SUBLEQ is Hard!

It all started so innocently! The LCM+L Employee Engagement Committee wanted something for employees who had gone beyond the call of duty, to be able to wear that would get people to ask why only they they had this thing. We thought maybe it might blink to catch folks attention. Sure, I can do that, no problem!

When I asked my boss: Stephen Jones about it, he said “Sure, but it has to be a fully programmable 9 bit computer with a complete front panel!”. Oh, he says, it should be able to make sounds too. Before it was “falling off a log”, for me, but now the log is 8 feet in the air, one must fall off carefully, and with forethought!

I made something the size of a business card, and it had a few problems: 1) I had messed up the multiplexing, and whenever you pushed on one of the data bit buttons both the data LED, and the address LED above it came on, whether I wanted them to or not. 2) The bit ordering on the LEDs and switches was backwards, requiring bit fiddling in the software. 3) It was almost all surface mount. This shouldn’t be a problem, right? Somewhere in here, someone asked, could we sell it as a kit? Could we teach a soldering class with it? A lot of the parts on this one were 0805 SMT parts, that means they are 0.08″ x 0.05″. That is the outline of the part, which is pretty small! Working with them requires tweezers and, at least for me, magnification.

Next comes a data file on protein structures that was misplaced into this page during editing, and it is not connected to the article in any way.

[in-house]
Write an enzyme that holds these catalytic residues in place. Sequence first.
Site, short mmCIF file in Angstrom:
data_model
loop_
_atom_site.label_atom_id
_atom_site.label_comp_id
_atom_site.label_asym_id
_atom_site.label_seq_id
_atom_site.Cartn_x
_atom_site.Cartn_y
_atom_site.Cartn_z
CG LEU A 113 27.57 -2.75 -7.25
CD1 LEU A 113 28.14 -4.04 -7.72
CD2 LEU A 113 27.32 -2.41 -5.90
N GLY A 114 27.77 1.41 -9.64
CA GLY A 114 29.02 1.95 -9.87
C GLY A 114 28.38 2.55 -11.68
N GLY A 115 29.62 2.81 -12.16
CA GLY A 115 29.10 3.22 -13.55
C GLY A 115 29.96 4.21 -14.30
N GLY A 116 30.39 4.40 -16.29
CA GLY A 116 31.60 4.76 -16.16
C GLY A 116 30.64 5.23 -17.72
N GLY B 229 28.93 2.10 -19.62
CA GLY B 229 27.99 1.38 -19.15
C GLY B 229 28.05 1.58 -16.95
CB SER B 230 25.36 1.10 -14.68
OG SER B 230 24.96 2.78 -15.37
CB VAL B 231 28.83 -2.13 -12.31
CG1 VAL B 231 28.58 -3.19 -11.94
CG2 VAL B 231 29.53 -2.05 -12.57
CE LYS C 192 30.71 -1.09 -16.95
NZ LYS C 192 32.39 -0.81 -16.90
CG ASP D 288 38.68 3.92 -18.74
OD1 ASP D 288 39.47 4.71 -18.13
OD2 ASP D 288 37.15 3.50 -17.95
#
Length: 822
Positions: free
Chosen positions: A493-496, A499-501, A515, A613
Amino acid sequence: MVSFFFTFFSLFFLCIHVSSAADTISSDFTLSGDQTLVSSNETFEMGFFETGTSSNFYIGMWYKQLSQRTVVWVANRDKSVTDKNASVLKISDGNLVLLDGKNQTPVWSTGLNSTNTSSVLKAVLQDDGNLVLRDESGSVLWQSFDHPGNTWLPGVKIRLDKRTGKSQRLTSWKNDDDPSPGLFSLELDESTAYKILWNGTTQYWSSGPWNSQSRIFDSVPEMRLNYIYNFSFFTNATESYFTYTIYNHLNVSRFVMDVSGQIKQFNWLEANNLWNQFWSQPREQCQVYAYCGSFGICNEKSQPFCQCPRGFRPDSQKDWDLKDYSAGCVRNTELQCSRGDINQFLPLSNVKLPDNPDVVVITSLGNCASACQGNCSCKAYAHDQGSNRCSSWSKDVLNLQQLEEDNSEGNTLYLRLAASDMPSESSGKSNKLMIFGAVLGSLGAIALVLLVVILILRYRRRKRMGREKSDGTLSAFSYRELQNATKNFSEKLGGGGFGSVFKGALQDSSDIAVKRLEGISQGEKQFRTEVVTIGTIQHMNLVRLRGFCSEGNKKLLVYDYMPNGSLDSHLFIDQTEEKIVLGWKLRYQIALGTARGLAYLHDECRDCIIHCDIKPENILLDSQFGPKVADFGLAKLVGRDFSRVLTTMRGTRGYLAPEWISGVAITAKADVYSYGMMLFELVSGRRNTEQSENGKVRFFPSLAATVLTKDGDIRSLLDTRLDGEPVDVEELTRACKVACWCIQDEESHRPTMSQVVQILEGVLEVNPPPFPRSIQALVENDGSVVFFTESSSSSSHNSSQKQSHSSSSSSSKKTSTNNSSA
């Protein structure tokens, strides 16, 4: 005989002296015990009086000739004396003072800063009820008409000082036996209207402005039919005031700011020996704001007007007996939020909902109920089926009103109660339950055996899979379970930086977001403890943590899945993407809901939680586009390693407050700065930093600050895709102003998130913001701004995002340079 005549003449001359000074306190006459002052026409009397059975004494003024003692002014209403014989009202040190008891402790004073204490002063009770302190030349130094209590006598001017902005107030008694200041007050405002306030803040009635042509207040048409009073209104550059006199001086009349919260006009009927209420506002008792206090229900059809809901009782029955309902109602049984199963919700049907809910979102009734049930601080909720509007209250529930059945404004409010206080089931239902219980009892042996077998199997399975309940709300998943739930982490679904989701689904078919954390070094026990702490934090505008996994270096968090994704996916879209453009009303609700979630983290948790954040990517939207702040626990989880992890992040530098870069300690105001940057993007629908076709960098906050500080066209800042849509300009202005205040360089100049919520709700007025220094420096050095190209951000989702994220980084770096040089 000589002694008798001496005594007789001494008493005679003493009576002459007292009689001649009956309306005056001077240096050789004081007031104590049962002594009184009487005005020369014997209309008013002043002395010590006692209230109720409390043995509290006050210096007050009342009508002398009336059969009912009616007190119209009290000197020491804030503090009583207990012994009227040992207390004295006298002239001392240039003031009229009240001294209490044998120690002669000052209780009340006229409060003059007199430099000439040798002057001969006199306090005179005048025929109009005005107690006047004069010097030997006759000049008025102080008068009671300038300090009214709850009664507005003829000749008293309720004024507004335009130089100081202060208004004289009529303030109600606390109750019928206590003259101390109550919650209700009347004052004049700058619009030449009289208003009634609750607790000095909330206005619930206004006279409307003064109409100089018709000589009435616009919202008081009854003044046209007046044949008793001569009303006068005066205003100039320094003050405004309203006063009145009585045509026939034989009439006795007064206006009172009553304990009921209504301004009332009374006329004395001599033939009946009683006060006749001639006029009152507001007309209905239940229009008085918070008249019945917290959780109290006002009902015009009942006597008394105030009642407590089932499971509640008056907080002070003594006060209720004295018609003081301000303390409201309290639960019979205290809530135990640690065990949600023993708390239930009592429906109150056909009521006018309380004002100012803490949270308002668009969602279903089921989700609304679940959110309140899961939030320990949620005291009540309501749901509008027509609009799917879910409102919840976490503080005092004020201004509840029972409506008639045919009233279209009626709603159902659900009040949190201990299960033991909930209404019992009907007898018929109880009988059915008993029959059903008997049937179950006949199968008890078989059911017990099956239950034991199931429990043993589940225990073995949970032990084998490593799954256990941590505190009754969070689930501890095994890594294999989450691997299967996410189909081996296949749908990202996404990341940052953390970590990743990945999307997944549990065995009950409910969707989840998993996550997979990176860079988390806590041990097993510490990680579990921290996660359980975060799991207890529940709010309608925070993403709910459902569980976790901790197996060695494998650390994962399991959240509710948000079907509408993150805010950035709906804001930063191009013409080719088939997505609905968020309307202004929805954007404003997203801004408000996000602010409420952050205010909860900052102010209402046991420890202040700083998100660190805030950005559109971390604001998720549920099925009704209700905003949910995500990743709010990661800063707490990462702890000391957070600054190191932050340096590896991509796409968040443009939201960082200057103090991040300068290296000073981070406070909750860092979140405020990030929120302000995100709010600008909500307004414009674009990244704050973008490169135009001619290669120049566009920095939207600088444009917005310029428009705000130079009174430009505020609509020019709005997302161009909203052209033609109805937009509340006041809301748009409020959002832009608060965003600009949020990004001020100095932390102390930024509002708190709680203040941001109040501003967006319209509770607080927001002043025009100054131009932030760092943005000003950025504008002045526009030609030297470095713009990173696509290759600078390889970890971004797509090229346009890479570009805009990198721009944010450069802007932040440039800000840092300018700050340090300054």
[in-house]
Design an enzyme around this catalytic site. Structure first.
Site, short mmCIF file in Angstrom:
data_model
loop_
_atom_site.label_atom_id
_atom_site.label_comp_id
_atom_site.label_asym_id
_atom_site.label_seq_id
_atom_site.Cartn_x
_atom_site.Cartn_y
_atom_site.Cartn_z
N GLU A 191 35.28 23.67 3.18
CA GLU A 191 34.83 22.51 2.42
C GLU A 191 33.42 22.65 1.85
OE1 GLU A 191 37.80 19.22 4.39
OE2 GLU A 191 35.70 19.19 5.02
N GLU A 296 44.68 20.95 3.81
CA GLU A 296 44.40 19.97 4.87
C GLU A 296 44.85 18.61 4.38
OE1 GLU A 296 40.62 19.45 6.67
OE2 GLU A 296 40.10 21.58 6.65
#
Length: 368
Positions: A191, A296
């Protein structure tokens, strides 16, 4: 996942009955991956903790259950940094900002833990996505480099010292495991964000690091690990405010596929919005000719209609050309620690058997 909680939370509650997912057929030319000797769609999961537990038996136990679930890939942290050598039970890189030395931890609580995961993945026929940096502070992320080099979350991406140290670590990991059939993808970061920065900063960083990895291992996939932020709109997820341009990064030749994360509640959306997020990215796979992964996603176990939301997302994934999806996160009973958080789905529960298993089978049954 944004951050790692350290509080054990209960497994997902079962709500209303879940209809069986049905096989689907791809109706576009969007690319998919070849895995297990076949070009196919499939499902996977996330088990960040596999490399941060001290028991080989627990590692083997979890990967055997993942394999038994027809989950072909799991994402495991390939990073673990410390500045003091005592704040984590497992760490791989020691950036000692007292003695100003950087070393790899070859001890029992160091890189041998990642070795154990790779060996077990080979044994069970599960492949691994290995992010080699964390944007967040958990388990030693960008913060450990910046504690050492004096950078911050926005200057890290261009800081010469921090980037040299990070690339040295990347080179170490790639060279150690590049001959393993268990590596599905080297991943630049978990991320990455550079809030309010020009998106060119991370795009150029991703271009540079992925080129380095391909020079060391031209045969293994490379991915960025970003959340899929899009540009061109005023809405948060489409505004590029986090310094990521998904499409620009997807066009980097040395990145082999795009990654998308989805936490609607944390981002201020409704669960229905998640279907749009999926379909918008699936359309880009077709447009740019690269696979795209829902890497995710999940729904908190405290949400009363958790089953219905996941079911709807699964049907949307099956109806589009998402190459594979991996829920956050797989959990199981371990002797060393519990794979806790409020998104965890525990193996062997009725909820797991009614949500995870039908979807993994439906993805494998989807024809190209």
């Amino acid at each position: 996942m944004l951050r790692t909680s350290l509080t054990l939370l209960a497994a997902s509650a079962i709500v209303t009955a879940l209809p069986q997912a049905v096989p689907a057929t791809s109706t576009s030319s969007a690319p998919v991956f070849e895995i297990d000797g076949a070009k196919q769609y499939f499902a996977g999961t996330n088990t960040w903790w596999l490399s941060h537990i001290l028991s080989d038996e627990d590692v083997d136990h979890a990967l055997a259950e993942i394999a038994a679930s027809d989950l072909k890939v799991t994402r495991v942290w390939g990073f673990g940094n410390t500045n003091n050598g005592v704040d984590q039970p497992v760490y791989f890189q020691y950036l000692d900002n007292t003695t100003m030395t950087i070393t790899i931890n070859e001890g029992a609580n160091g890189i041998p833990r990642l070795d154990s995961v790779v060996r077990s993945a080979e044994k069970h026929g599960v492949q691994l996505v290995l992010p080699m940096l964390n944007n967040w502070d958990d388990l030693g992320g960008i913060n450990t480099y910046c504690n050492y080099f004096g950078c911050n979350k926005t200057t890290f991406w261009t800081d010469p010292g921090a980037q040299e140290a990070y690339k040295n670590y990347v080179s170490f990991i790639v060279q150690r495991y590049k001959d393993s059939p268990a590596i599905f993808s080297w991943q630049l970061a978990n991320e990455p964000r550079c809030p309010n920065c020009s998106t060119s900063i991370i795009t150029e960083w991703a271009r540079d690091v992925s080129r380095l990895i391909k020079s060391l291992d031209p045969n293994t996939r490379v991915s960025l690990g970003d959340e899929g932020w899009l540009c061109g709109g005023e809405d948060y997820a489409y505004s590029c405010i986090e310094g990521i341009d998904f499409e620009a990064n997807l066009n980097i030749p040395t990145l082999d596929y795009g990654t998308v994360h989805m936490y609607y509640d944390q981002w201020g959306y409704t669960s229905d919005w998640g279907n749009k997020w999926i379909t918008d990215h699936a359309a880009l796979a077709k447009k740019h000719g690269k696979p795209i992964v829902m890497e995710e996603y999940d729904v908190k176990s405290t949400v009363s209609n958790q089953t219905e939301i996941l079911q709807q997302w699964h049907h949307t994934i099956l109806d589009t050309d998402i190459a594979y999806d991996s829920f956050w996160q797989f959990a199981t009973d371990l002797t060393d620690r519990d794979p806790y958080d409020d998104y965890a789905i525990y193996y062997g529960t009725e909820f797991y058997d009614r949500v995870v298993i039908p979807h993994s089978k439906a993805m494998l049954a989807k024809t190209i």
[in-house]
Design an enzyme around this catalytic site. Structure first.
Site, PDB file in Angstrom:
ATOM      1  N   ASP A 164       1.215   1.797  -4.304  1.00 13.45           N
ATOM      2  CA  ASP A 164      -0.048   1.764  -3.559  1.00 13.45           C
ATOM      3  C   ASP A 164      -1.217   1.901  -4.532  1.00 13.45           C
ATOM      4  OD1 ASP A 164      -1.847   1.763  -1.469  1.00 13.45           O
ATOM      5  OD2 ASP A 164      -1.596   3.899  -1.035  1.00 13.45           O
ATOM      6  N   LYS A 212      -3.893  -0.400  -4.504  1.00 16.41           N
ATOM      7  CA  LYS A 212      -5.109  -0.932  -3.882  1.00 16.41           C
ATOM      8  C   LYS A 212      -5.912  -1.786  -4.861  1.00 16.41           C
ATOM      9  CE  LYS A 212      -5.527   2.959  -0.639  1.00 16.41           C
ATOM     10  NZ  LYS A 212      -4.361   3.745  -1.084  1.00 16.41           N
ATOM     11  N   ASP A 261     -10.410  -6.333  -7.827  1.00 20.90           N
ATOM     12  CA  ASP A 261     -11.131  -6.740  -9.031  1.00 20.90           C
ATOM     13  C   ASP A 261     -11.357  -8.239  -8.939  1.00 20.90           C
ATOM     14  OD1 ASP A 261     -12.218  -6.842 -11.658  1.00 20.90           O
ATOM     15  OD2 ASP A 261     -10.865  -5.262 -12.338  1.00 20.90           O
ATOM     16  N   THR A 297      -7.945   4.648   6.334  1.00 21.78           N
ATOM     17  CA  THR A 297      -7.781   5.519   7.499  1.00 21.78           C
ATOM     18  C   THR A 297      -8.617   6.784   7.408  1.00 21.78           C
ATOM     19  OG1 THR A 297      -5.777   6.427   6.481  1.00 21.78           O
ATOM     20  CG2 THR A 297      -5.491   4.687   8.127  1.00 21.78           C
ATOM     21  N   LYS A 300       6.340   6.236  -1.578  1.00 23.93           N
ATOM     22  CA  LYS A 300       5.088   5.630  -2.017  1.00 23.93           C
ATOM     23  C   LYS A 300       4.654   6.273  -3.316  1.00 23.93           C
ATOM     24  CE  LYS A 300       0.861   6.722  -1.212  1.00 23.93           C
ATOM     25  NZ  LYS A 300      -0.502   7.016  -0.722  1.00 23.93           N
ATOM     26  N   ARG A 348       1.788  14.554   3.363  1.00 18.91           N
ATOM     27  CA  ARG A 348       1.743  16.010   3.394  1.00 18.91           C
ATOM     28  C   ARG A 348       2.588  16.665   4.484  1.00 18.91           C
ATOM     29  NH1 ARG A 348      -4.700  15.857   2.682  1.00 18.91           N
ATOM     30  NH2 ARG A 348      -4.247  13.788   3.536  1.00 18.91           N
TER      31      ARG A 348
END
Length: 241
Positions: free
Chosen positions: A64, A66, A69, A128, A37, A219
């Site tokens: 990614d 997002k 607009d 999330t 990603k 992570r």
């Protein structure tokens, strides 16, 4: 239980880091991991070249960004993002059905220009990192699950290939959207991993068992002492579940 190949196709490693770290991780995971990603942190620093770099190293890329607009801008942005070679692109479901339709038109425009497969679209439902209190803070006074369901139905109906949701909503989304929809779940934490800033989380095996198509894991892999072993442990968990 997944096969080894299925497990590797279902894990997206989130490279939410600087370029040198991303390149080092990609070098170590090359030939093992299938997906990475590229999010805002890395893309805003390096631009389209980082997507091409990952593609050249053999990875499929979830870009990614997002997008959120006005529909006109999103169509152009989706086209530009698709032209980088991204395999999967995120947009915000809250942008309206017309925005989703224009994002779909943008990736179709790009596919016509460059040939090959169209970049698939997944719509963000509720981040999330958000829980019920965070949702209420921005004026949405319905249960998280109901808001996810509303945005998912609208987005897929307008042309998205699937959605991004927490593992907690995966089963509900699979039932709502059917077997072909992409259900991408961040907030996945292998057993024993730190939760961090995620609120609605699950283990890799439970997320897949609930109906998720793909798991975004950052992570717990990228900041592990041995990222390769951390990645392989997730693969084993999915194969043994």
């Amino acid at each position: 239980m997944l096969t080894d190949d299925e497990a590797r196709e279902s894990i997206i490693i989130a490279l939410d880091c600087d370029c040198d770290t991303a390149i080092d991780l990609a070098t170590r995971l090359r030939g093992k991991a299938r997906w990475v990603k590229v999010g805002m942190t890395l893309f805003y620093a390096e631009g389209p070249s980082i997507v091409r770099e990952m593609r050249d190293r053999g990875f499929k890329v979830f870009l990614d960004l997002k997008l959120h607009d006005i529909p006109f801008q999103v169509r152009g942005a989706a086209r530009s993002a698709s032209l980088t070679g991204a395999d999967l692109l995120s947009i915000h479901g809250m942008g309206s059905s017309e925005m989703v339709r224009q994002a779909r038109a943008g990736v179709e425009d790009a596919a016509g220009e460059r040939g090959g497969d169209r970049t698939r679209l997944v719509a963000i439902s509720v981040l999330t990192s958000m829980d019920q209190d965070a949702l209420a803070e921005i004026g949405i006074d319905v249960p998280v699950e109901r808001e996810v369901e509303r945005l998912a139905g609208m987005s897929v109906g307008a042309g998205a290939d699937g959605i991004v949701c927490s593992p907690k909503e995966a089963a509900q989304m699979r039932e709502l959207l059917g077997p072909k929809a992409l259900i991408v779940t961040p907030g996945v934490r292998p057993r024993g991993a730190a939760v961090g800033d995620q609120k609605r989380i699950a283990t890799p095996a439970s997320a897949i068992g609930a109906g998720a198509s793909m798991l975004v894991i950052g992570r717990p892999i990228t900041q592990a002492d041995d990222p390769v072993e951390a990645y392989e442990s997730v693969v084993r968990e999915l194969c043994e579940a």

The board grew a little bit to 2.5″ x 4.25″, and the LED’s and buttons went to through hole, to be big enough for beginners to solder. That is what the photo above shows, but I hadn’t mounted the speaker in that upper right circle when I took the picture. I did fix the multiplexing, and bit ordering problems in the process.

Some about the Bit Token: The processor on the board is the ATMEGA328, that is the heart of the Arduino Uno. I was a little short on pins, and brain cycles to use the ATMEGA32U2 or a CP2102 usb to serial chip to make it actually Arduino compatible. One can get a programmer widget for under $10 on Amazon.

The first thing I had to do, starting with the original board, was test the hardware. I started by writing code to blink the lights. Remember blinking the lights? That used to be the target! Pressing the “run” button while holding one or more of the data buttons will cause it to blink its lights in 10 different patterns. Pressing the “run” button again will stop that pattern, so you can try another.

Any computer needs to communicate, with more than just the lights, so the Bit Token has a TTL serial port. There is yet another widget to hook USB to a TTL serial port, and holding a couple of data buttons and poking the “run” button will cause it to send “Hello World!” to your terminal.

Now is where the log leaps off the ground, new target: A fully programmable 9 bit processor, with a complete working front panel! Everything till now has been playing with the ATMEGA, now I have to teach the ATMEGA to pretend to be a 9 bit computer. All the software I have written has been in “C”, using AtmelStudio 7, available from the Microchip website. ( Microchip bought Atmel a few years back.)